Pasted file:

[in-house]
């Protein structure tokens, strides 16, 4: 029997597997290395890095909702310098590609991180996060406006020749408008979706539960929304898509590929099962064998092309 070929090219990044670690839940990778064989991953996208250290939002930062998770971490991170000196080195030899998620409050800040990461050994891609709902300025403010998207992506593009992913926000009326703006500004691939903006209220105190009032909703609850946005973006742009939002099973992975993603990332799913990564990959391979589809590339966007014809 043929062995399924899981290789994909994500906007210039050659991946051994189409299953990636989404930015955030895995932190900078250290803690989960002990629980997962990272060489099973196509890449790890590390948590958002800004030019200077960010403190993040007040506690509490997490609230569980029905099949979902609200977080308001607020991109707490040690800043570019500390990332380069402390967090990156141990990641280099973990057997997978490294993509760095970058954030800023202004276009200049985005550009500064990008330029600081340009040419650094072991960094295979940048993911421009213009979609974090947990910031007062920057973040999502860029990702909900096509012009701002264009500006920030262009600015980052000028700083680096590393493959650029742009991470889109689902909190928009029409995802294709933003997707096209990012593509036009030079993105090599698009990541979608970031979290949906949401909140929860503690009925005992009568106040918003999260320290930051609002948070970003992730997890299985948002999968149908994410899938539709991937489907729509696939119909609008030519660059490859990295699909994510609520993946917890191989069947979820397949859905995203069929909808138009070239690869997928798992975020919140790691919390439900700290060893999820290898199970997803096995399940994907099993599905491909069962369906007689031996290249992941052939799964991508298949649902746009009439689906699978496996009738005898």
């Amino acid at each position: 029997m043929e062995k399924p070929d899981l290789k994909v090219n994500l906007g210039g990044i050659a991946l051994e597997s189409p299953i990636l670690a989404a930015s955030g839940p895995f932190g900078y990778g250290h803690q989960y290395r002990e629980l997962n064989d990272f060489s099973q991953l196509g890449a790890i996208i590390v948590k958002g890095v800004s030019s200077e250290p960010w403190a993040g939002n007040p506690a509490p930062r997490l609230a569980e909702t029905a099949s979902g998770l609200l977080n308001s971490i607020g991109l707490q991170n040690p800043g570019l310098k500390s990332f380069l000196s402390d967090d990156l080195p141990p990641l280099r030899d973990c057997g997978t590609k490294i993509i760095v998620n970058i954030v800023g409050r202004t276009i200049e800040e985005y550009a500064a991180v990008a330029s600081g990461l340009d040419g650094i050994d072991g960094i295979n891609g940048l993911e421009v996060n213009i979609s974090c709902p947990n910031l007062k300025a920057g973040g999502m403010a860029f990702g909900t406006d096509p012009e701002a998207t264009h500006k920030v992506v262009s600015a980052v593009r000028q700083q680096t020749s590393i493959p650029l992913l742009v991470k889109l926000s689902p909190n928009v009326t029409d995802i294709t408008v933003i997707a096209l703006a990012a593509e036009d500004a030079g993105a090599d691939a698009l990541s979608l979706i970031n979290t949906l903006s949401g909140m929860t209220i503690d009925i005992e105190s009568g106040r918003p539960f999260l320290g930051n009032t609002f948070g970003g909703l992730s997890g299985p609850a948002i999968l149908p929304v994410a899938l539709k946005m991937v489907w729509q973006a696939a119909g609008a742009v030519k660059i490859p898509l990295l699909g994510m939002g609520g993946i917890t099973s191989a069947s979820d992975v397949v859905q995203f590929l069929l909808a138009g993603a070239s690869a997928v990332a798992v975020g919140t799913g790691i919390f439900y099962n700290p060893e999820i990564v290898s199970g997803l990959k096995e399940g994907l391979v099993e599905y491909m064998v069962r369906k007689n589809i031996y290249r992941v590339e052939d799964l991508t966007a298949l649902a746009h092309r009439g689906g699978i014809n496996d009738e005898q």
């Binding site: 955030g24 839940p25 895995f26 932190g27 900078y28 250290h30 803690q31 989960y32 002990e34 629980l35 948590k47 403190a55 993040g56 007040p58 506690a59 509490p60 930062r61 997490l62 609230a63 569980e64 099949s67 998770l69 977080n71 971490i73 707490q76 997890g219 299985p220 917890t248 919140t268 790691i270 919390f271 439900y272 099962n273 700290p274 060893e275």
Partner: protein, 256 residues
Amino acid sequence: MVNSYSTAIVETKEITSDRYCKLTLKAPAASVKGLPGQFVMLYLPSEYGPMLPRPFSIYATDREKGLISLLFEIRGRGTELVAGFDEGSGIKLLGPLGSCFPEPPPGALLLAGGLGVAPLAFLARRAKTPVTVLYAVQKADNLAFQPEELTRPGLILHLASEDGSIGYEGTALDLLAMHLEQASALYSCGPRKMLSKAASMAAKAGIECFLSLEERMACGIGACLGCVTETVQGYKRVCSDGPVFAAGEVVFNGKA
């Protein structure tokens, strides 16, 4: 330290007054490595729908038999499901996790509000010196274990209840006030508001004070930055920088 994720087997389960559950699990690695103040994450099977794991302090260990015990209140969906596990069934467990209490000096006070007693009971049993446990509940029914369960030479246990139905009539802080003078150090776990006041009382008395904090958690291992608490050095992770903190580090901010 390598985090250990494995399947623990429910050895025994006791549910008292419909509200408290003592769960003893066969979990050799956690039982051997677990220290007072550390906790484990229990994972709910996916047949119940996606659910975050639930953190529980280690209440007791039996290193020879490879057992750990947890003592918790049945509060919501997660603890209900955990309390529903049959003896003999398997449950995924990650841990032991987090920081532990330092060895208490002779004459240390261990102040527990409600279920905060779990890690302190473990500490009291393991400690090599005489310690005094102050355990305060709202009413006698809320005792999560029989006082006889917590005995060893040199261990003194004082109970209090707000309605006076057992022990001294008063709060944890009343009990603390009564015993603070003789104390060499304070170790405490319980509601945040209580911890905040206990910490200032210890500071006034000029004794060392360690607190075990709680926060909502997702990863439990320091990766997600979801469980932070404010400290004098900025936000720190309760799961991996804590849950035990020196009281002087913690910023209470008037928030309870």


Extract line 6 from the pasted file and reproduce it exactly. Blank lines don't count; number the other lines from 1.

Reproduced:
Amino acid sequence: MVNSYSTAIVETKEITSDRYCKLTLKAPAASVKGLPGQFVMLYLPSEYGPMLPRPFSIYATDREKGLISLLFEIRGRGTELVAGFDEGSGIKLLGPLGSCFPEPPPGALLLAGGLGVAPLAFLARRAKTPVTVLYAVQKADNLAFQPEELTRPGLILHLASEDGSIGYEGTALDLLAMHLEQASALYSCGPRKMLSKAASMAAKAGIECFLSLEERMACGIGACLGCVTETVQGYKRVCSDGPVFAAGEVVFNGKA